According to Logan’s research, Mr. Abagnale was incarcerated in Comstock, New York at the time.  He was arrested in Baton Rouge in 1969 for passing stolen checks from a local family and swindling local businesses there and that seems to be the extent of his involvement with the law in Louisiana.

Abagnale continues to make these claims and his account is generally accepted as the truth, despite verification challenges that are the nature of the con.  It’s always advisable to explore both sides of the story.  Out thanks to Alan Logan for reaching out to share your insights and experience!

Strange Louisiana Laws

Every state and district has unique laws that remain in place long after their usefulness…and some for which the original usefulness is a mystery.  Louisiana has a few laws still in place that are somewhat interesting.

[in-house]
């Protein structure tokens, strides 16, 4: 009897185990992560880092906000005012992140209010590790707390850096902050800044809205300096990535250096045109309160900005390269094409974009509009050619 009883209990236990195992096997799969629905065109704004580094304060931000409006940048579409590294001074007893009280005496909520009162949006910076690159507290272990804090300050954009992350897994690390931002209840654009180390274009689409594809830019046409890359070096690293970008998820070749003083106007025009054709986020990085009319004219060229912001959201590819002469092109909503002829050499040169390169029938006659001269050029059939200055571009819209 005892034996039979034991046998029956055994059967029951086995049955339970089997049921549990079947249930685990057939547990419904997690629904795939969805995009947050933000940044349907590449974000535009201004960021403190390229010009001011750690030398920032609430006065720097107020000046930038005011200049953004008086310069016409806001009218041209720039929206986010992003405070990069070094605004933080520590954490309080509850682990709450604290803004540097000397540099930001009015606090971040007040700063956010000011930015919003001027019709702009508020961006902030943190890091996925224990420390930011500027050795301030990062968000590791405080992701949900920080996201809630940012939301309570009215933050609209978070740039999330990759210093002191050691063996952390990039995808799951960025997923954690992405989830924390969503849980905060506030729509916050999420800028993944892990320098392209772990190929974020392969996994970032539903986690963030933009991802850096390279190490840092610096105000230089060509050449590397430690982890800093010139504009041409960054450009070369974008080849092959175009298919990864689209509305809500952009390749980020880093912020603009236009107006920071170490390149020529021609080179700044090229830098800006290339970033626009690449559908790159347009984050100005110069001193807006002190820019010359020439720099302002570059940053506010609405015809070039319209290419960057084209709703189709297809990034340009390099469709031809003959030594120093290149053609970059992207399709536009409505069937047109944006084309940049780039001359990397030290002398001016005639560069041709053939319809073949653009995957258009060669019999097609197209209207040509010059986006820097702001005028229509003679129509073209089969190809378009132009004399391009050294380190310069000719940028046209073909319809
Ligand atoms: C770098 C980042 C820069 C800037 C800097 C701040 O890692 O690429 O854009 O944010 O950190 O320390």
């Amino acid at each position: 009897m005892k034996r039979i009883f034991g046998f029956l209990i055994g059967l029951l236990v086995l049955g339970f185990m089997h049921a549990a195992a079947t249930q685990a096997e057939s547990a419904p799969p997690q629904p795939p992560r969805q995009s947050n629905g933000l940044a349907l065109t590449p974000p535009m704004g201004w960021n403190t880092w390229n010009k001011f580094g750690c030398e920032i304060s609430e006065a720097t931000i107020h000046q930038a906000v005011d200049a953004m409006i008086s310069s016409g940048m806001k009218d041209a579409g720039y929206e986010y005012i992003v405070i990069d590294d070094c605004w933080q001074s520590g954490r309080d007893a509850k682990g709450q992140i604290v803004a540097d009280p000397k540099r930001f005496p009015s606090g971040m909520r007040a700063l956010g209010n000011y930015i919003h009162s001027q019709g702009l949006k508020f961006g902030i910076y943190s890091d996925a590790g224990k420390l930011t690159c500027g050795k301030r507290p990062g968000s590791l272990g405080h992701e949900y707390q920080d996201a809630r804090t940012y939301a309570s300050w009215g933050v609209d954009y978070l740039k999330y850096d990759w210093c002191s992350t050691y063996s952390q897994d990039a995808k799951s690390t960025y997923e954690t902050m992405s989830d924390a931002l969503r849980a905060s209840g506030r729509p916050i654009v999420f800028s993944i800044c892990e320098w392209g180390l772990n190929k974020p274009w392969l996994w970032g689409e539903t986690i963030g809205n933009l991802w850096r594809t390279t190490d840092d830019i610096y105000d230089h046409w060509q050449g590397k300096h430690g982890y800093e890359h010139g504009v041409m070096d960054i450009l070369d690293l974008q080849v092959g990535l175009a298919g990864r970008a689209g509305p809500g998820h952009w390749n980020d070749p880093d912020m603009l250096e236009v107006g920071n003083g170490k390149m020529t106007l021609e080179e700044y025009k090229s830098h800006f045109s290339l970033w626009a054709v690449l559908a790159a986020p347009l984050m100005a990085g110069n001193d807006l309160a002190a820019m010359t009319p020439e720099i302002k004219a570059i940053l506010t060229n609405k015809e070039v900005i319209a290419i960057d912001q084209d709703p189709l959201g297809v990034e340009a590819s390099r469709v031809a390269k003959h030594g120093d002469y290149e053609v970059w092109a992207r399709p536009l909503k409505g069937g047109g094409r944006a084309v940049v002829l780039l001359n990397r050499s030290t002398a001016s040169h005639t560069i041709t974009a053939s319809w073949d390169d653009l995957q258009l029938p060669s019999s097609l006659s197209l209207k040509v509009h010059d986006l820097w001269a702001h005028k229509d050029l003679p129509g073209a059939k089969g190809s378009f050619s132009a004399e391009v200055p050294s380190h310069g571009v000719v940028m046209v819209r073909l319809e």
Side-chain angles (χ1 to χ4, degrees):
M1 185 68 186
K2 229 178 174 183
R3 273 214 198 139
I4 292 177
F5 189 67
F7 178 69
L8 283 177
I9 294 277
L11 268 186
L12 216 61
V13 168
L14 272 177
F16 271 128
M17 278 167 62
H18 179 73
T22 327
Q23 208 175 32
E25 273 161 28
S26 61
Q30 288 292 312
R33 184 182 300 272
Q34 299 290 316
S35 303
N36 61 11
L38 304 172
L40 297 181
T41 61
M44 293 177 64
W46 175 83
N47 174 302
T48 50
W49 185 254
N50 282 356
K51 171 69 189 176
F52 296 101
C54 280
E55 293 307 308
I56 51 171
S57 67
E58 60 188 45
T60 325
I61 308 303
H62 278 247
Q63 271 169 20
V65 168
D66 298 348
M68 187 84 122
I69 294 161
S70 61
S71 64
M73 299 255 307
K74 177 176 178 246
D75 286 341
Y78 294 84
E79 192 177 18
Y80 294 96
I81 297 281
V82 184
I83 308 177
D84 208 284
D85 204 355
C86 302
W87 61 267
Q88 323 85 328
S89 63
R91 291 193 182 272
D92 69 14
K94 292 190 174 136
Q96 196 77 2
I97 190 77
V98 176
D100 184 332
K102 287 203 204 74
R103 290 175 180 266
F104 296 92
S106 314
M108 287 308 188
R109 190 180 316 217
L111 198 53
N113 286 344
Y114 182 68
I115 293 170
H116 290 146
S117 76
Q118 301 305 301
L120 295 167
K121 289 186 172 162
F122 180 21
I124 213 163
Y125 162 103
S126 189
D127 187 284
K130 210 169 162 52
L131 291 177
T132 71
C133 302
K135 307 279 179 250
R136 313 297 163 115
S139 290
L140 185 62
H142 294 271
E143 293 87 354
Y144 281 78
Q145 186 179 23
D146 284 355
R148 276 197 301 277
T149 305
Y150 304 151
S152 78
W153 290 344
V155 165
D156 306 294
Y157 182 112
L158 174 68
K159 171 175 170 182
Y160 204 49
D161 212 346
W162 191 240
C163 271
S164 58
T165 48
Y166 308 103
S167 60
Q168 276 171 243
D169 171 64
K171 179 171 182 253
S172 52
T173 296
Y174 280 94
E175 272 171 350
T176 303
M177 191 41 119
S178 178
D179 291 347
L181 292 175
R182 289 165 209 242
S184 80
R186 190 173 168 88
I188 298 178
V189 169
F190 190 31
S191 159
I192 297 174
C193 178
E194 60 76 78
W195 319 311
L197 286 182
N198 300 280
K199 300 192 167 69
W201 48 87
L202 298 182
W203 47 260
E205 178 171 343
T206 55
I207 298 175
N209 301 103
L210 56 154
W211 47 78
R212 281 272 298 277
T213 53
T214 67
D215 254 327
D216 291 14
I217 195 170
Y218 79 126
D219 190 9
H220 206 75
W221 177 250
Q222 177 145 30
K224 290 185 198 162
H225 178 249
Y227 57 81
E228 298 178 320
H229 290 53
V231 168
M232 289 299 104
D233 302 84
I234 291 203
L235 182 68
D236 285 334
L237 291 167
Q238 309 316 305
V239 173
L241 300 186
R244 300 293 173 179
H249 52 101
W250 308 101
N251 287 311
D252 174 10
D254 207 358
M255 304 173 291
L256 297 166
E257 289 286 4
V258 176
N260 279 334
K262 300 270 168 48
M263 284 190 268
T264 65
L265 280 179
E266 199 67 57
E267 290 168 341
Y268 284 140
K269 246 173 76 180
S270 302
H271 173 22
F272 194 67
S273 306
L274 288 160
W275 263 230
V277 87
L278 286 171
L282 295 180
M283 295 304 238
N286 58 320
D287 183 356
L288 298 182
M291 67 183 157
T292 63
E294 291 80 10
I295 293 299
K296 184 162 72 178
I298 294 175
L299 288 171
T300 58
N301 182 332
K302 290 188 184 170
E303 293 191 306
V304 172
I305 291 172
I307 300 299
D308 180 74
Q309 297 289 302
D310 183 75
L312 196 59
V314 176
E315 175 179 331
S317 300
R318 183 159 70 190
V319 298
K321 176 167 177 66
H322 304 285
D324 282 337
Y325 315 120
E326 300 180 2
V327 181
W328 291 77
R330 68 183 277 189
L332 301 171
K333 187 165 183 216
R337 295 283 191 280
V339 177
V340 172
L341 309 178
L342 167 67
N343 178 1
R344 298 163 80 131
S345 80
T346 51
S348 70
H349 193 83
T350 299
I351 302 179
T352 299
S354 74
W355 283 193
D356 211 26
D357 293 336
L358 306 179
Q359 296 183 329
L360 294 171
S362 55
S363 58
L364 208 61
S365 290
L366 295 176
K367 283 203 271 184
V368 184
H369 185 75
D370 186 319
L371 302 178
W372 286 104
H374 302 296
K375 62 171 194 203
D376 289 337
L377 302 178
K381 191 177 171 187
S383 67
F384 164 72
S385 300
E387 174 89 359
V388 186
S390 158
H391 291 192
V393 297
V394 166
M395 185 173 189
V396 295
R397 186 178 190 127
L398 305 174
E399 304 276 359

In New Orleans, it is illegal to tie your alligator to a fire hydrant and horses may not be tied to a tree on a public highway.  Sharing this law with Memphis, it is also illegal for a woman to drive a car unless her husband is waving a flag in front of it.

It is against the law to lie in Louisiana, or make a promise you don’t keep, if you knew you weren’t going to keep it before you made it.  And if you bite someone with false teeth, it is considered aggravated assault.  If you use your natural teeth, it’s simple assault.  In Port Allen,  fortune-telling is prohibited and in Jefferson Parish it is illegal to pour a drink out on the ground at a drive-in.